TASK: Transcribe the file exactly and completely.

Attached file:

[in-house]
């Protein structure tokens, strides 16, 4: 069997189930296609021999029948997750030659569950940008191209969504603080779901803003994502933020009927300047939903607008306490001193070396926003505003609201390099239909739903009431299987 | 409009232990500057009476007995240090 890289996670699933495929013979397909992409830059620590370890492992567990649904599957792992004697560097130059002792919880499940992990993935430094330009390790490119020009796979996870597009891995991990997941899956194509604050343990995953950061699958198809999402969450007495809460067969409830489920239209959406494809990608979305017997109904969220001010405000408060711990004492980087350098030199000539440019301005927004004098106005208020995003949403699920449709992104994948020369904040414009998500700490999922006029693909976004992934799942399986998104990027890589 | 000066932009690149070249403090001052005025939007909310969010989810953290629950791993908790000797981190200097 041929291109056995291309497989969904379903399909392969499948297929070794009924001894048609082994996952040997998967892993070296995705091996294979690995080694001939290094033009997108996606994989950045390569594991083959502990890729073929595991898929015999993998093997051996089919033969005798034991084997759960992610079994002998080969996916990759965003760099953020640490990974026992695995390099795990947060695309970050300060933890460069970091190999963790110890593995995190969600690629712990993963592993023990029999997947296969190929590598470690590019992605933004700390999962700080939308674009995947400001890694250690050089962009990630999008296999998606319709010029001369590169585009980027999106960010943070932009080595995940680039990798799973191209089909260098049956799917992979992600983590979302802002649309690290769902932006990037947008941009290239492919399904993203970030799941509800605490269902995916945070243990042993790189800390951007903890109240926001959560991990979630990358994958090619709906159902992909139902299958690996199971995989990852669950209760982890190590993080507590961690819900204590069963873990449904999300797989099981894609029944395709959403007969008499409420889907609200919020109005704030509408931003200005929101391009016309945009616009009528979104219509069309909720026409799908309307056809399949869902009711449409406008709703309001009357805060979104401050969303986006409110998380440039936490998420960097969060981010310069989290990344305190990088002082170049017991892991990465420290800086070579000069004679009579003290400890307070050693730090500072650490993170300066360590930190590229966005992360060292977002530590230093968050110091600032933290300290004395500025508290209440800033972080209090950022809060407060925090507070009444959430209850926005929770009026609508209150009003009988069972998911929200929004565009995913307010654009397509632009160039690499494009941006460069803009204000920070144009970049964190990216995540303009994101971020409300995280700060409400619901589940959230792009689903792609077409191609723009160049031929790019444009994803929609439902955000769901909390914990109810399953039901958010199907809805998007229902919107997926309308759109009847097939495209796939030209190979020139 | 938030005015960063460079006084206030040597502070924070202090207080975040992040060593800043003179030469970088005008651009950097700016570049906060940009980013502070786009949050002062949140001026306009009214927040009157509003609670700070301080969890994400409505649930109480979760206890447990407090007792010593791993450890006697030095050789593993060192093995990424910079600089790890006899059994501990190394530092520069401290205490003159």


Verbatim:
[in-house]
């Protein structure tokens, strides 16, 4: 069997189930296609021999029948997750030659569950940008191209969504603080779901803003994502933020009927300047939903607008306490001193070396926003505003609201390099239909739903009431299987 | 409009232990500057009476007995240090 890289996670699933495929013979397909992409830059620590370890492992567990649904599957792992004697560097130059002792919880499940992990993935430094330009390790490119020009796979996870597009891995991990997941899956194509604050343990995953950061699958198809999402969450007495809460067969409830489920239209959406494809990608979305017997109904969220001010405000408060711990004492980087350098030199000539440019301005927004004098106005208020995003949403699920449709992104994948020369904040414009998500700490999922006029693909976004992934799942399986998104990027890589 | 000066932009690149070249403090001052005025939007909310969010989810953290629950791993908790000797981190200097 041929291109056995291309497989969904379903399909392969499948297929070794009924001894048609082994996952040997998967892993070296995705091996294979690995080694001939290094033009997108996606994989950045390569594991083959502990890729073929595991898929015999993998093997051996089919033969005798034991084997759960992610079994002998080969996916990759965003760099953020640490990974026992695995390099795990947060695309970050300060933890460069970091190999963790110890593995995190969600690629712990993963592993023990029999997947296969190929590598470690590019992605933004700390999962700080939308674009995947400001890694250690050089962009990630999008296999998606319709010029001369590169585009980027999106960010943070932009080595995940680039990798799973191209089909260098049956799917992979992600983590979302802002649309690290769902932006990037947008941009290239492919399904993203970030799941509800605490269902995916945070243990042993790189800390951007903890109240926001959560991990979630990358994958090619709906159902992909139902299958690996199971995989990852669950209760982890190590993080507590961690819900204590069963873990449904999300797989099981894609029944395709959403007969008499409420889907609200919020109005704030509408931003200005929101391009016309945009616009009528979104219509069309909720026409799908309307056809399949869902009711449409406008709703309001009357805060979104401050969303986006409110998380440039936490998420960097969060981010310069989290990344305190990088002082170049017991892991990465420290800086070579000069004679009579003290400890307070050693730090500072650490993170300066360590930190590229966005992360060292977002530590230093968050110091600032933290300290004395500025508290209440800033972080209090950022809060407060925090507070009444959430209850926005929770009026609508209150009003009988069972998911929200929004565009995913307010654009397509632009160039690499494009941006460069803009204000920070144009970049964190990216995540303009994101971020409300995280700060409400619901589940959230792009689903792609077409191609723009160049031929790019444009994803929609439902955000769901909390914990109810399953039901958010199907809805998007229902919107997926309308759109009847097939495209796939030209190979020139 | 938030005015960063460079006084206030040597502070924070202090207080975040992040060593800043003179030469970088005008651009950097700016570049906060940009980013502070786009949050002062949140001026306009009214927040009157509003609670700070301080969890994400409505649930109480979760206890447990407090007792010593791993450890006697030095050789593993060192093995990424910079600089790890006899059994501990190394530092520069401290205490003159």